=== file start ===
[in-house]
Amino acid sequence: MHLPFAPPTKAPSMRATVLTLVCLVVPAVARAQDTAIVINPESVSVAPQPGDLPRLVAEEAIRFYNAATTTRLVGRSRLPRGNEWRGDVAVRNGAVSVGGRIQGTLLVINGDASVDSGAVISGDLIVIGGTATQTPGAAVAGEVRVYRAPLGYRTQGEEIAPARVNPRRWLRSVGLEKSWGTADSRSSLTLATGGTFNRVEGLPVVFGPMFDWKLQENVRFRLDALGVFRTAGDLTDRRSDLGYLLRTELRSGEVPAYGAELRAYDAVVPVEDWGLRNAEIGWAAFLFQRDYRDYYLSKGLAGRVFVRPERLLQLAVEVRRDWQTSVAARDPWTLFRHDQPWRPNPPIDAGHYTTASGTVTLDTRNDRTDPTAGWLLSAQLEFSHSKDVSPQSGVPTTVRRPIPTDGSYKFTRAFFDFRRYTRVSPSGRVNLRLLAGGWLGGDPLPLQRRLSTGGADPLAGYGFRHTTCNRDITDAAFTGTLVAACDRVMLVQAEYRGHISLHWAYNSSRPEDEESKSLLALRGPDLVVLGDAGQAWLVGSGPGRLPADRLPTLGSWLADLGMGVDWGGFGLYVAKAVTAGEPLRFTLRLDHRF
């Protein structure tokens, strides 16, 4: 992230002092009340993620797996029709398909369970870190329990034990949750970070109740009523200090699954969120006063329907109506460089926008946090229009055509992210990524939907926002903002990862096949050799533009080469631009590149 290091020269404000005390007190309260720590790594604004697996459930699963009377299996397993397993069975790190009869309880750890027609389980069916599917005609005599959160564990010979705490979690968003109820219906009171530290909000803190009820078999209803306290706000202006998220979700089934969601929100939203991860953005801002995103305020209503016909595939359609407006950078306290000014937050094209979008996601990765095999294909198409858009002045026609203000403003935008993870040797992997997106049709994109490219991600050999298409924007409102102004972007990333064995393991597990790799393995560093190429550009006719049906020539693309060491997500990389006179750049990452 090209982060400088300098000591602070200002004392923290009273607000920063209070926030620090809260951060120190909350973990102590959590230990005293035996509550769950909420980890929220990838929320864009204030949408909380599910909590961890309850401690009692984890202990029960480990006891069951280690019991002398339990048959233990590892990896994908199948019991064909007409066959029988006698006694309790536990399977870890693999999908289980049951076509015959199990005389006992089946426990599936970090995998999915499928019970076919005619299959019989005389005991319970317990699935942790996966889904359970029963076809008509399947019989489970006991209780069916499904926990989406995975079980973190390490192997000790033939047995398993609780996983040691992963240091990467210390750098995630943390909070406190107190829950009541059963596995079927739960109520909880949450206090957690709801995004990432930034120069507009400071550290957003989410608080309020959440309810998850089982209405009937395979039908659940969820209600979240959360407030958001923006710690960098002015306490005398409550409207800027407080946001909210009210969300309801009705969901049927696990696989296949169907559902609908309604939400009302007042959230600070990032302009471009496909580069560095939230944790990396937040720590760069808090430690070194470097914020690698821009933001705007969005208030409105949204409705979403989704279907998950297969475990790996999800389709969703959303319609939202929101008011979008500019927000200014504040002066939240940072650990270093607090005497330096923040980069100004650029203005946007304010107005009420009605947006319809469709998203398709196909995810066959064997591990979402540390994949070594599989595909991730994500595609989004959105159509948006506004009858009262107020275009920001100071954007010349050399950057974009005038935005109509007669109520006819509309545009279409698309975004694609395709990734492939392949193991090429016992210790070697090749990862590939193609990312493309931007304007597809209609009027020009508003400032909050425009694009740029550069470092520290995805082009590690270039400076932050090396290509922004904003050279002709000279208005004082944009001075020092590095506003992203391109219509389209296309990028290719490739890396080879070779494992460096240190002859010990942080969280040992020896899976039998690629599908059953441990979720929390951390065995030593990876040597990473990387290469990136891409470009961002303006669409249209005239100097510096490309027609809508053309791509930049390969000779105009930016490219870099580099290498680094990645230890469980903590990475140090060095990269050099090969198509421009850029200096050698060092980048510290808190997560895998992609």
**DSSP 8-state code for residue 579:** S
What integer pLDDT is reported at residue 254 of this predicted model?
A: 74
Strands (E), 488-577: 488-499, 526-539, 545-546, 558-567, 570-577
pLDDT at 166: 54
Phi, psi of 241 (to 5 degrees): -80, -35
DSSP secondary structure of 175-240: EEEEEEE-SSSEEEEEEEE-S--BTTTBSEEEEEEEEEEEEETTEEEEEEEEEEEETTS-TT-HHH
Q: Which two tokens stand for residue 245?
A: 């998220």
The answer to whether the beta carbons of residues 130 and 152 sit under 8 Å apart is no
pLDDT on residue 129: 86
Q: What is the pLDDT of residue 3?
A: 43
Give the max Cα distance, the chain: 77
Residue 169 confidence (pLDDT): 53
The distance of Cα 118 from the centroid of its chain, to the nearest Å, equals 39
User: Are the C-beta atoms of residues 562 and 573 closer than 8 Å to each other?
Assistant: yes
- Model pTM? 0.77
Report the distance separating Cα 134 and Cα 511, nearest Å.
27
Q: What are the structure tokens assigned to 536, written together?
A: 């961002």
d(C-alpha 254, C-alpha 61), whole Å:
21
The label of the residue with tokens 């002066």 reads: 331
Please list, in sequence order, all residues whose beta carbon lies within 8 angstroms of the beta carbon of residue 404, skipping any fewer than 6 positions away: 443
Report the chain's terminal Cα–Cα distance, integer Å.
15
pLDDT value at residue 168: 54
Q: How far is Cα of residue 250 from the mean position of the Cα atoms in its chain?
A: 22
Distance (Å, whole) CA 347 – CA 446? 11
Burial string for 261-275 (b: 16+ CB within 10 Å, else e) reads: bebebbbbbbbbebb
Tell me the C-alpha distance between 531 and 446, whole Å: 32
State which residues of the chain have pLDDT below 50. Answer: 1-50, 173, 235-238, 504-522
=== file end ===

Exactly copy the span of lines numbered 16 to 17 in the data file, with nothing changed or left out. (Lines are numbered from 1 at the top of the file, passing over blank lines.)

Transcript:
A: 43
Give the max Cα distance, the chain: 77